Long after Rafael Untalan agreed to understudy the lead role in Oregon Shakespeare Festival's excellent new experimental drama Gibraltar (which runs through Oct. 30), the show's director let him in on a little secret. The principal actor's wife was pregnant. "Oh, and by the way," he was told, "she's due on opening night."
Like an expectant father himself, 37-year-old Untalan, a leading Portland actor adjusting to understudy status in his first year at OSF, felt a mixture of joyful anticipation and stark fear.
This year, it's not just Portland's blue-haired theater buffs and high-school drama geeks making the five-hour pilgrimage south to Ashland. At OSF this season, an unusually high number of understudies have taken to the stage to ensure that the show goes on. As the festival ages (this year OSF celebrates its 70th birthday), so does its company of actors. "Most of the actors are in their late 40s or early 50s. So this year has been really hard for the company. People have lost parents left and right," says Untalan, who understudies a whopping six roles while also regularly appearing in the ensembles of Twelfth Night and Richard III (a must-see spectacle of swordplay and crutches that runs through the month).
In theater, one actor's tragic misfortune becomes another's golden opportunity. Take, for example, this season's best story of understudy heroism, a tale sure to become a permanent part of festival lore. During a performance of Christopher Marlowe's The Tragical History of Doctor Faustus, Sarah Rutan took a flying leap and landed wrong, severely bruising her knee. The stage manager immediately called Rutan's understudy and, legend has it, exactly seven minutes later Georgina McKee made her entrance on cue and in costume. "The understudy nailed it," Untalan says. "She'll be coming back next season. How well you do as an understudy can really assist your career here."
The chance to fill in for the actor one understudies becomes especially important at OSF, where directors select (or reject) actors based solely on how well they performed during the previous year. Untalan is eager to move up through the OSF ranks from stagehand (in Richard III, Untalan functions as a glorified chair mover) to star. "As an actor in Portland, I've been playing lead roles for years," says Untalan, who most recently appeared in Miracle Theatre's 2004 runaway hit Lorca in a Green Dress. "Coming here was a difficult adjustment."
Life as a lead actor's shadow can be lonely. Next time you're in an OSF theater, look behind you: Every house has its own small, glass cubicle next to the stage manager's booth designed especially for understudies. Untalan says he's usually there by himself, propped up on pillows trying to get a good angle, and scribbling notes by a comically dim light. "Watching another actor's choice-making, his relative strengths, his instincts and how he focuses those instincts vis-à-vis the character is a dream," he says. "It's like being a spy in the house of art."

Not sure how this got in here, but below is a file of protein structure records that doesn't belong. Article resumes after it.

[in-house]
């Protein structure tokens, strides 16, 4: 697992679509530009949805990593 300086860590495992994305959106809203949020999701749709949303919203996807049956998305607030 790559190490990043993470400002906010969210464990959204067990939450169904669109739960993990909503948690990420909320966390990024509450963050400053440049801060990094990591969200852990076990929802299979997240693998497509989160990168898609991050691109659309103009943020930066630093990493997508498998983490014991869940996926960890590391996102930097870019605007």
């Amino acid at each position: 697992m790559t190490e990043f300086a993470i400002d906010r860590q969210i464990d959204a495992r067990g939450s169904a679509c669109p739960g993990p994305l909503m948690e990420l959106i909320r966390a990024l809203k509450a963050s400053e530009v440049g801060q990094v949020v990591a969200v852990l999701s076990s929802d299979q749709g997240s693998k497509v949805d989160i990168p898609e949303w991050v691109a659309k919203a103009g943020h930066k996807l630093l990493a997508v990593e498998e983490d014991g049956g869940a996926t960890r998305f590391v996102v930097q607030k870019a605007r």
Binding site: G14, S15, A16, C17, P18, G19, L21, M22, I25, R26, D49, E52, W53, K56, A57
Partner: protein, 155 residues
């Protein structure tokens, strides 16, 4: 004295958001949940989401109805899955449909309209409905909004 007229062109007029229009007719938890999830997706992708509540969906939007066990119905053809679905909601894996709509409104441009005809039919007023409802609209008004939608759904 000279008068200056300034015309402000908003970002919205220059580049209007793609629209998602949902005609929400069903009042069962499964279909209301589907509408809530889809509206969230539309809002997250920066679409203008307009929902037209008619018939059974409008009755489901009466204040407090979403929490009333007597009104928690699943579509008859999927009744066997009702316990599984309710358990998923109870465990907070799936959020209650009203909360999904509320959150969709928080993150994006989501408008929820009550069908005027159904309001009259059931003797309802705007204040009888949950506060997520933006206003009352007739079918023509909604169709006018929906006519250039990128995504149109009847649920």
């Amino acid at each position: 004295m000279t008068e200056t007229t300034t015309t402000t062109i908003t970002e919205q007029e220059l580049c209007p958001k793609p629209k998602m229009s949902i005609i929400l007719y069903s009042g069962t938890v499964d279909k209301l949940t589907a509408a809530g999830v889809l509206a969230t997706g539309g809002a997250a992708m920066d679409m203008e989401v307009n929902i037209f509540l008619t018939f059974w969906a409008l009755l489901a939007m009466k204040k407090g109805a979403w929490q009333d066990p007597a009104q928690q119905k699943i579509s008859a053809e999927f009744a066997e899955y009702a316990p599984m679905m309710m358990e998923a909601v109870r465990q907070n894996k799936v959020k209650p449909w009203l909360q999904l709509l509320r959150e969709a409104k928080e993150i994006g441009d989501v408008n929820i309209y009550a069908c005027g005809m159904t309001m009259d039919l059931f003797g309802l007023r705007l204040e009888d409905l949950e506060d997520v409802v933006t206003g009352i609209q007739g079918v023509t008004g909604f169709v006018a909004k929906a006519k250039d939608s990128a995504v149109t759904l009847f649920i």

Much of Untalan's work takes place in isolation. As the understudy for a role in the two-person drama By the Waters of Babylon (which closed in June), Untalan wasn't even allowed into rehearsals until two weeks before opening night. "It was a very intimate play," he says. "The actors wanted space to create the work, and I had to give it to them." Still, learning a part with more lines than King Lear without the benefit of blocking frustrated him. "It becomes a different kind of work," he says. "It involves a great deal of imagination. And then when you do get a chance to see rehearsals, you have to honor the other actor's work. That's what you're paid to do. You don't mimic, but you do follow their arc." Because lead actor Armando Durán's father was ill, the director promised Untalan he would take the stage at least once during the run. But on closing night Untalan was still waiting in the wings; misfortune never called Durán away.
Then, one day in June, Untalan got the call. Gibraltar actor René Millán's baby was poised to make its debut. Untalan would have to go on in Millán's place. There was only one hitch: The show hadn't opened yet. "The baby decided to come a week early," Untalan sighs. As a result, he performed only during the technical rehearsal. "That's the downside of understudying, particularly when it's for a meaty role. If you never perform in front of an audience, the process is absolutely incomplete. It's like you have this baby inside you; sometimes it's born, and sometimes it isn't."
Next year, Untalan will return to OSF with regular meaty roles in A Winter's Tale and Cyrano de Bergerac. But this season's not over yet; an entire month remains that could be filled with the unexpected. Here's wishing all the actors: Break a leg.